Senate VA leaders want answers on construction cost overruns

The leaders of the Senate Veterans’ Affairs Committee are urging the VA’s internal watchdog to launch an investigation into the delays and cost overruns plaguing the agency’s major medical construction efforts.

“An improved understanding of the ongoing challenges in various construction projects will assist Congress in determining how to make the best use of taxpayer dollars with regard to VA construction,” panel Chairman Johnny IsaksonJohn (Johnny) Hardy IsaksonSenate GOP raises concerns about White House stopgap plan to avoid shutdown VA chief pressed on efforts to prevent veteran suicides Senators revive effort to create McCain human rights commission MORE (R-Ga.) and ranking member Richard Blumenthal (D-Conn.) wrote in an April 16 letter to VA Inspector General Richard Griffin.


The review should “examine the entire construction process, from identifying facility design elements to contract and project management project costs and schedule development,” the pair wrote.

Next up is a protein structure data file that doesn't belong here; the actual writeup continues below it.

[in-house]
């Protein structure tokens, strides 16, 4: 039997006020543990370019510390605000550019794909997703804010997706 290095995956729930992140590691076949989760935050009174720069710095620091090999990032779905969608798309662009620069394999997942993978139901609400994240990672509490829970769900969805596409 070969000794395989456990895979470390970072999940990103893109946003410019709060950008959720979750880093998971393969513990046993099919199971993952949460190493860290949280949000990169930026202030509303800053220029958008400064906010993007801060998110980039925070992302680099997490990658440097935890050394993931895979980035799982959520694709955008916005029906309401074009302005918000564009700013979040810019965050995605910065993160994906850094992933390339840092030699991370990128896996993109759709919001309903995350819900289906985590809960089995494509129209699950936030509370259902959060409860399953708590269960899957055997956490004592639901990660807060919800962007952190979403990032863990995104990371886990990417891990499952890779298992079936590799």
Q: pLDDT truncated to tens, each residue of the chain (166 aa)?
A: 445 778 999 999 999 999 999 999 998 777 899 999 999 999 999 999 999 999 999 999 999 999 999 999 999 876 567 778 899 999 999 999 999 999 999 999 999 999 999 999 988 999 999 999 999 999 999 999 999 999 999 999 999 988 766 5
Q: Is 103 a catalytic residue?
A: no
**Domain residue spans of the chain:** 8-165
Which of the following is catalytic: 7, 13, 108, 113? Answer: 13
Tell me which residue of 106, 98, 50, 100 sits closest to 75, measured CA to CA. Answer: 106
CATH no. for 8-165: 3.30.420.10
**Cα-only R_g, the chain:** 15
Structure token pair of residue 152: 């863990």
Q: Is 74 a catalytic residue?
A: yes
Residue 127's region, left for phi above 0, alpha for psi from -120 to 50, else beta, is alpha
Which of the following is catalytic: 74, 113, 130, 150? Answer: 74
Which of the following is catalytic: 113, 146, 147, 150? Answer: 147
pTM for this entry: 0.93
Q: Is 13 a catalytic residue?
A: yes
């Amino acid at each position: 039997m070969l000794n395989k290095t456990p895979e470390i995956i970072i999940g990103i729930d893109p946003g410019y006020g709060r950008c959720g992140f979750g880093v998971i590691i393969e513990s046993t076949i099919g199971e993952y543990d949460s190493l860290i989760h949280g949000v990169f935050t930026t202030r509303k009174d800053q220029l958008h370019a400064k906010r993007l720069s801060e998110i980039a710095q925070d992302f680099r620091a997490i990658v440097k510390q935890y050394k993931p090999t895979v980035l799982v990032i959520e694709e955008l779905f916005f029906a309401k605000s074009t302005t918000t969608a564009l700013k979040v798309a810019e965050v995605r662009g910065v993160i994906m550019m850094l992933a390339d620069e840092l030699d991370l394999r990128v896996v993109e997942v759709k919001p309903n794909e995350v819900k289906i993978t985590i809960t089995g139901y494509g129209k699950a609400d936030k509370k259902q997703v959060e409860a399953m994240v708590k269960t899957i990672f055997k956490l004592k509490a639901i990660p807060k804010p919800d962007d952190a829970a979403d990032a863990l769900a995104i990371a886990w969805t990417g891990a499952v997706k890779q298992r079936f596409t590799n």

The document is the latest development after the VA announced it would cost $1.73 billion to build a proposed 184-bed replacement facility in the suburb of Aurora, Colo., more than five times the facility’s original $328 million price tag. 

The VA said last month that Glenn Haggstrom, principal executive director of the Office of Acquisition, Logistics and Construction, had resigned amid an internal investigation into delays and cost overruns at the facility and other agency construction sites around the country.

But that doesn’t appear to be enough for the Senate panel, which announced on Thursday that it would hold a field hearing in the Denver suburb on April 24. 

Isakson and Blumenthal also skewered a VA proposal to wipe out some of the Aurora site’s red ink by transferring money to the “choice card" effort, which allows patients who are waiting to see a doctor to get private care.

“It is disappointing to learn that the VA is proposing to use funds from the Veterans’ Choice Act to pay for cost overruns at the Denver replacement medical center — construction cost overruns that were predominately caused by gross mismanagement and a lack of accountability within the VA,” the pair said in a statement.